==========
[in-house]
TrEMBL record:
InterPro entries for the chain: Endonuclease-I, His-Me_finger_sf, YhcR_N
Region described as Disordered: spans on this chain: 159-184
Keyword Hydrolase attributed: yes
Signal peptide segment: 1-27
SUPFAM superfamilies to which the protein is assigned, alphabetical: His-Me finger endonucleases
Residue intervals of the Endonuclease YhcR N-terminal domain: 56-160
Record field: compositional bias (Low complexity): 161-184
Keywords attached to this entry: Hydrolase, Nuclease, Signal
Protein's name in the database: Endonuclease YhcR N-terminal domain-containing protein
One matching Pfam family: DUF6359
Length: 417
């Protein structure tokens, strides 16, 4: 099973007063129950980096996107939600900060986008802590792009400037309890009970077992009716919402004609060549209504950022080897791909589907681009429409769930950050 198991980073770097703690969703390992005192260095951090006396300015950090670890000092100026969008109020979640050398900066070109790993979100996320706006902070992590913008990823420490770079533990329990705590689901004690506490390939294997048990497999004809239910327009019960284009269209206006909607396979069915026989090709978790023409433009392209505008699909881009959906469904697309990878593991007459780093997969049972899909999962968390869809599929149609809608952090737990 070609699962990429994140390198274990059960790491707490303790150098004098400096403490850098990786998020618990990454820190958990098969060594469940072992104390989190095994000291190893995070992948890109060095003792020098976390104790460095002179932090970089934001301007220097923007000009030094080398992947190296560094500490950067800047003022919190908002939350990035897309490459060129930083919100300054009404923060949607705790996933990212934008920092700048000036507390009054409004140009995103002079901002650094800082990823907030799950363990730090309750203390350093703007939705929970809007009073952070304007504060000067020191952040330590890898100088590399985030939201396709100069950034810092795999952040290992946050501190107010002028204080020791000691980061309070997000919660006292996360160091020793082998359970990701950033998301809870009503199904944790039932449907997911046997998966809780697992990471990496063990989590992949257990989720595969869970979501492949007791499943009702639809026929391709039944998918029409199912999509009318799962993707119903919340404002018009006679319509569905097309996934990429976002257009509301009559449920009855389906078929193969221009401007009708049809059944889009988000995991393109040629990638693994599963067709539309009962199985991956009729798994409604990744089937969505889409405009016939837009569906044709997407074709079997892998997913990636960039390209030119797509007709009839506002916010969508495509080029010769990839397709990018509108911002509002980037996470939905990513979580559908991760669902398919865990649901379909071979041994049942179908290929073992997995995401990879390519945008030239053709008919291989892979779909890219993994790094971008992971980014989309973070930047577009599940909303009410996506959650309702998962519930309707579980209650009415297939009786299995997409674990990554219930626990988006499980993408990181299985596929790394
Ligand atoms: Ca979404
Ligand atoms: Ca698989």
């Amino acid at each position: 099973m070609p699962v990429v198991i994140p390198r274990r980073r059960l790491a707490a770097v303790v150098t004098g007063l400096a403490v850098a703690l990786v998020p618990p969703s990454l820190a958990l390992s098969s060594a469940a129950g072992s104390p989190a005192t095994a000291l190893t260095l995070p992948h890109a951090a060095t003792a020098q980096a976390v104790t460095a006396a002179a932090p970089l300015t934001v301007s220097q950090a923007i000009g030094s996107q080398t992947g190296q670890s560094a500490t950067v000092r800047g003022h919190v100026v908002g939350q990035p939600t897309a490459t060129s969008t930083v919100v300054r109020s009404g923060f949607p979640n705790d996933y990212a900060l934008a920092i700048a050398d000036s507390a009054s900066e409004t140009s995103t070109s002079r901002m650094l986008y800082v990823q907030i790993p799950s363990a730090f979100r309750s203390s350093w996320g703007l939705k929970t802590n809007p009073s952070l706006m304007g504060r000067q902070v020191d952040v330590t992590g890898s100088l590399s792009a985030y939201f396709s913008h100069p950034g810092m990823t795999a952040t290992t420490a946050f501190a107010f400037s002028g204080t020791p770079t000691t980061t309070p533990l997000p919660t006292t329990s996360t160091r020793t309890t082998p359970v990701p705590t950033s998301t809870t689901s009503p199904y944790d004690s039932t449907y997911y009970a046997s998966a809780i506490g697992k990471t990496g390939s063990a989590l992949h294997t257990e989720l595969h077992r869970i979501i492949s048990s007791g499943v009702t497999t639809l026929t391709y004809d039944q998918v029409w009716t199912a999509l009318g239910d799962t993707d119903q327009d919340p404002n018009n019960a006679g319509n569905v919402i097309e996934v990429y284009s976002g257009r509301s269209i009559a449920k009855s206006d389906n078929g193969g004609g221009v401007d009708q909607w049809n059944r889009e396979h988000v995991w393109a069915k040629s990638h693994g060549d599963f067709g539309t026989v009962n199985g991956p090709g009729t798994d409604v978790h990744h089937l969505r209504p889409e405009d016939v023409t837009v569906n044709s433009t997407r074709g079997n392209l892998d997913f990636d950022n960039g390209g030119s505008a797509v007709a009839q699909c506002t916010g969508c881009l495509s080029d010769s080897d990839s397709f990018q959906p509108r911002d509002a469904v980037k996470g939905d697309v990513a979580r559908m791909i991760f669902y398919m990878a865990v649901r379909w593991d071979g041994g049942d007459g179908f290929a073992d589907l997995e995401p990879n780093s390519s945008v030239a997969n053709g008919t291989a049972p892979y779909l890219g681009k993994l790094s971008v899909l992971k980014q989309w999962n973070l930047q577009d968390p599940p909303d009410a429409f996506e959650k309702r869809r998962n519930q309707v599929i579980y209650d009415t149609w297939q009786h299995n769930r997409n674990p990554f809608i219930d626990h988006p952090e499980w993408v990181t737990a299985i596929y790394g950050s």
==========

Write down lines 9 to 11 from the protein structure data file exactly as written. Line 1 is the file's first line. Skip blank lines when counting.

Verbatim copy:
Record field: compositional bias (Low complexity): 161-184
Keywords attached to this entry: Hydrolase, Nuclease, Signal
Protein's name in the database: Endonuclease YhcR N-terminal domain-containing protein